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IBM’s Introduction to Data Analytics on Coursera

Introduction to Data Analytics on Coursera is a crash course in data analysis offered by IBM. It’s a 10-hour course for beginners that explains what data analysts do. The course covers the data analytics process, data analysts vs. data scientists, and how to analyze a dataset.
Since this course only takes about 10 hours, it can reasonably be completed during Coursera’s free seven-day trial. Coursera also offers the option to audit the class for free, but you’re required to pay for the course if you want to earn a certificate at the end.
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Complete a Data Analytics Certification

Once you’re sure about becoming a data analyst, get serious with a data analytics certification program. Unlike a free course, paid certification programs typically go into more detail, provide guided support from instructors, and take months to complete.
CareerFoundry says, “Look for a course that will test your knowledge continuously with practical exercises, as well as focusing on project work and helping you build your portfolio.” Additionally, some programs provide mentors and a job guarantee. Research your options to find the right fit.
Next up: entry-level data analytics jobs to have on your radar.
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Entry-Level Data Analyst

An entry-level data analyst collects, analyzes, and manages data. According to ZipRecruiter, “responsibilities often revolve around performing research on business or industry data to define trends or assess performance in a particular sector.”
The source says entry-level analysts often work hand-in-hand with other analysts and statisticians. Together, the team assesses the data and then creates a report and visuals to share with relevant stakeholders. The team’s findings can then help executives and managers make decisions.
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Research Analyst

A research analyst also taps into the skills learned in a data analytics certification program. For instance, research analysts prepare market reports that can help business stakeholders make informed decisions.
First, they examine collected data to make sure it’s accurate. Then, they interpret the data. Career Karma says, “The main role of a research analyst is to study previous and existing market conditions to derive actionable insights to be used in formulating strategies for the future.”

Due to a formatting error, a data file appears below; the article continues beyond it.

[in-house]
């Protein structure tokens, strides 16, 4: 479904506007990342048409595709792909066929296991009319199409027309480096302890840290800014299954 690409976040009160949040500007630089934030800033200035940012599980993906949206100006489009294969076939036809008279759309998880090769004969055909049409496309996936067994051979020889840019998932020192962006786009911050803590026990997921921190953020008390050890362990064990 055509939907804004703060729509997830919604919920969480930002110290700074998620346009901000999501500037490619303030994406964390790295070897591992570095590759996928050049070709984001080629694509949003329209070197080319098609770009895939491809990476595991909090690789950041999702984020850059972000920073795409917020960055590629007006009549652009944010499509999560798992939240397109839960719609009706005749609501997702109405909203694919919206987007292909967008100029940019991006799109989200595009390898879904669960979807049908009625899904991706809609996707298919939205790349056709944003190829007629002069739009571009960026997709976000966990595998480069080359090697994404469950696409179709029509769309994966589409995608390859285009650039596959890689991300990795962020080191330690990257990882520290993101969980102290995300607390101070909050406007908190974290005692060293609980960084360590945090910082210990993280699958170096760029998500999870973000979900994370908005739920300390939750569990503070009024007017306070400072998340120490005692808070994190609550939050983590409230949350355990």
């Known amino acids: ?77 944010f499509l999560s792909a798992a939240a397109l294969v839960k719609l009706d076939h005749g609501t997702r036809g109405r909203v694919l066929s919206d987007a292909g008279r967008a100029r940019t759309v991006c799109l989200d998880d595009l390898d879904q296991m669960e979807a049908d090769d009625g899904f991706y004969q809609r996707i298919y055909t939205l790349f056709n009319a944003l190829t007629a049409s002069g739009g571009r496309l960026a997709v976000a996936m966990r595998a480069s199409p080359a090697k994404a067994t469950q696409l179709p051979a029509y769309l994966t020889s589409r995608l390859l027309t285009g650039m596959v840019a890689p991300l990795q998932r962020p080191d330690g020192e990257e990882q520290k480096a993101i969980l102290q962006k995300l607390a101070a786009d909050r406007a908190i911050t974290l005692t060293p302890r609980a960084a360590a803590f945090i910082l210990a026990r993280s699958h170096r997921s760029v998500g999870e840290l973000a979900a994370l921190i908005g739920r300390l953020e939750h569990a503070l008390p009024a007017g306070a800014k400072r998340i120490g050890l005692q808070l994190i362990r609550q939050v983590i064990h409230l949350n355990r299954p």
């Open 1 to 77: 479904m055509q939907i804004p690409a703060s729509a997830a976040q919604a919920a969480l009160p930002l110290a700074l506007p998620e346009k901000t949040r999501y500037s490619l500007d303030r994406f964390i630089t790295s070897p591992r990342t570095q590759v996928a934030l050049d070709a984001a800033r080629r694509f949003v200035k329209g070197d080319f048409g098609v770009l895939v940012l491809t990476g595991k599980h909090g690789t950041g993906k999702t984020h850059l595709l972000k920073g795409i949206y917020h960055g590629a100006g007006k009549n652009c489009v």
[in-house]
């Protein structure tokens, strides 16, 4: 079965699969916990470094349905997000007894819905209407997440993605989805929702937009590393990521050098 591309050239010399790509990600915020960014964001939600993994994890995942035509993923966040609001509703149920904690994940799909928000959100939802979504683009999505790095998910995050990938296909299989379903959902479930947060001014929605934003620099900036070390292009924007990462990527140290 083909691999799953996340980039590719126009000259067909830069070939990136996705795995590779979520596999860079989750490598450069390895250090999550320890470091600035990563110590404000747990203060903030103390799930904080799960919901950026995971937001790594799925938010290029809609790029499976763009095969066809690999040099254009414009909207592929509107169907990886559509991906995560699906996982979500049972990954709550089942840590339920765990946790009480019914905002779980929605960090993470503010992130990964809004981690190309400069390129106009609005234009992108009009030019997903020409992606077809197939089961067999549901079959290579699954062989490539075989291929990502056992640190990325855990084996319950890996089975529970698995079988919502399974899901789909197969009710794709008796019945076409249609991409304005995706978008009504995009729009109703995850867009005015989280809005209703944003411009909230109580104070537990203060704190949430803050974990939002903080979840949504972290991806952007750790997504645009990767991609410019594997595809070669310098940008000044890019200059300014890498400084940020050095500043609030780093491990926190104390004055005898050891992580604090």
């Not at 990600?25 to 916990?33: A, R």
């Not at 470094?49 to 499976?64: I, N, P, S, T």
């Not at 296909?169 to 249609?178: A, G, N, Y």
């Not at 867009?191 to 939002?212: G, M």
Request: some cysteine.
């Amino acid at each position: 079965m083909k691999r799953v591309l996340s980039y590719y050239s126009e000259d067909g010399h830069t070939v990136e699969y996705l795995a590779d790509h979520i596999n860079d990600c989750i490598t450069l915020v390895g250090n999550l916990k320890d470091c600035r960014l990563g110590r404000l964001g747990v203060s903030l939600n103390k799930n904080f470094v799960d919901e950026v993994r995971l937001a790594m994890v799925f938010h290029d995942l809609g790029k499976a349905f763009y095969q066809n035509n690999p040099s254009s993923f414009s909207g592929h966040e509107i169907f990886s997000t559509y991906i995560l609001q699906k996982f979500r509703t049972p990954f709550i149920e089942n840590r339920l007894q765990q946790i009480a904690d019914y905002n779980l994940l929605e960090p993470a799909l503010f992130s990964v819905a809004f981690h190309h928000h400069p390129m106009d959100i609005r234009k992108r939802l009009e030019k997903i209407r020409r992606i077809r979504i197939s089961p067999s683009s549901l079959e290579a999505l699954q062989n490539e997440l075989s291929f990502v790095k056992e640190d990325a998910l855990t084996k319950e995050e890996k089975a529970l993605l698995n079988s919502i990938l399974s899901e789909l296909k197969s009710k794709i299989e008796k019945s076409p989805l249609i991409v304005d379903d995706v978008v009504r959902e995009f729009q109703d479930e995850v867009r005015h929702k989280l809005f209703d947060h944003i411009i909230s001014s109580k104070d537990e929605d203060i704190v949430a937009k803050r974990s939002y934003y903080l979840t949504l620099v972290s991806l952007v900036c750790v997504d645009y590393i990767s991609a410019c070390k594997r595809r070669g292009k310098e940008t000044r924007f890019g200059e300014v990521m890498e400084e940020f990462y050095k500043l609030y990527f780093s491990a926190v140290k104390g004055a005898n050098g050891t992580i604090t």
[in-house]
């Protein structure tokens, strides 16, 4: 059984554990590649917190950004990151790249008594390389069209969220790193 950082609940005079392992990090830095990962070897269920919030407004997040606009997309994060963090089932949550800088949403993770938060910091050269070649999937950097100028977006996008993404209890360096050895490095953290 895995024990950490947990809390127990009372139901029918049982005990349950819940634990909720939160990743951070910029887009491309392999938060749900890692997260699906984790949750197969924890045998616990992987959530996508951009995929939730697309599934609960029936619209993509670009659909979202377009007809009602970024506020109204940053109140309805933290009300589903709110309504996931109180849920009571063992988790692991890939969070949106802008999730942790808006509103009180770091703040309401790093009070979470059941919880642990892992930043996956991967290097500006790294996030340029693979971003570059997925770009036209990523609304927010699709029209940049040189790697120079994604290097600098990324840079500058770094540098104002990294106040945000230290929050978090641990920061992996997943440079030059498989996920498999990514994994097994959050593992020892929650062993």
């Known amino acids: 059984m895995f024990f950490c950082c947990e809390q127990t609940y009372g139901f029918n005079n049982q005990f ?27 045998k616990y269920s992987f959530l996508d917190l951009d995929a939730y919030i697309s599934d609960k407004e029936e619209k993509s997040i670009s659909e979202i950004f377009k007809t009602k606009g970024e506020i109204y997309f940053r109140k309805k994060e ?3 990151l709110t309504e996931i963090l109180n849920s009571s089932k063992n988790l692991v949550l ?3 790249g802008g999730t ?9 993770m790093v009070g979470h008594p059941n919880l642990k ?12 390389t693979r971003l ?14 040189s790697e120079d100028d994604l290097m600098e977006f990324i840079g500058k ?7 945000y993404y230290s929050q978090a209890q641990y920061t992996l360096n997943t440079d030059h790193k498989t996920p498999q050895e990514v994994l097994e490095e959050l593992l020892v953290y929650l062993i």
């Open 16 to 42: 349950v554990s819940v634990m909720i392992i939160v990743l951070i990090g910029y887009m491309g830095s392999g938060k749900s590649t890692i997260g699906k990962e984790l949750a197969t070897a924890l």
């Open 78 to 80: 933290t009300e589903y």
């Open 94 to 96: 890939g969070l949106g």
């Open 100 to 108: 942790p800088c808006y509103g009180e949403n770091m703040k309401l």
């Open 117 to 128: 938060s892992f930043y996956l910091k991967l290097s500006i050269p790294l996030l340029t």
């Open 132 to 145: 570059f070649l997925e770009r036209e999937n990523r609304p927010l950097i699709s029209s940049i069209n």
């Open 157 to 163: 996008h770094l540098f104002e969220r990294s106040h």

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Data Entry Clerk

This entry-level position is an administrative role. According to Indeed, the primary responsibility of a data entry clerk is to “ensure that the organization’s database is accurate and up-to-date.”
A data entry clerk’s everyday tasks include collecting and inputting data, periodically updating databases with new information, and preparing files and material for printing. Additionally, the source says a data entry clerk might help process invoices to support the accounting team. So, a data entry clerk may also take on bookkeeping tasks.
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Entry-Level Business Analyst

Like data analysts, business analysts also provide data-driven insights that can help companies optimize their operations. However, “business analysts tend to focus more on recommending solutions for business needs, while data analysts work more closely with the data itself,” according to Coursera.
ZipRecruiter says as an entry-level business analyst, “Your particular tasks may include generating reports, performing detailed research and analysis, and assisting with solution development.” According to the source, an entry-level business analyst typically works on a larger team under more senior analysts.
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Data Associate

Data associate is another position that uses the skills learned in a data analytics certification program. According to Springboard, data associates are “responsible for collecting data, managing it, and inputting it into the company’s software.”
The source says data associates often work in the healthcare sector. As a result, they’re commonly tasked with tracking clinical data. According to the source, they’re typically expected to be proficient in “Microsoft Excel, Oracle Clinical, and the organization’s data visualization tools.”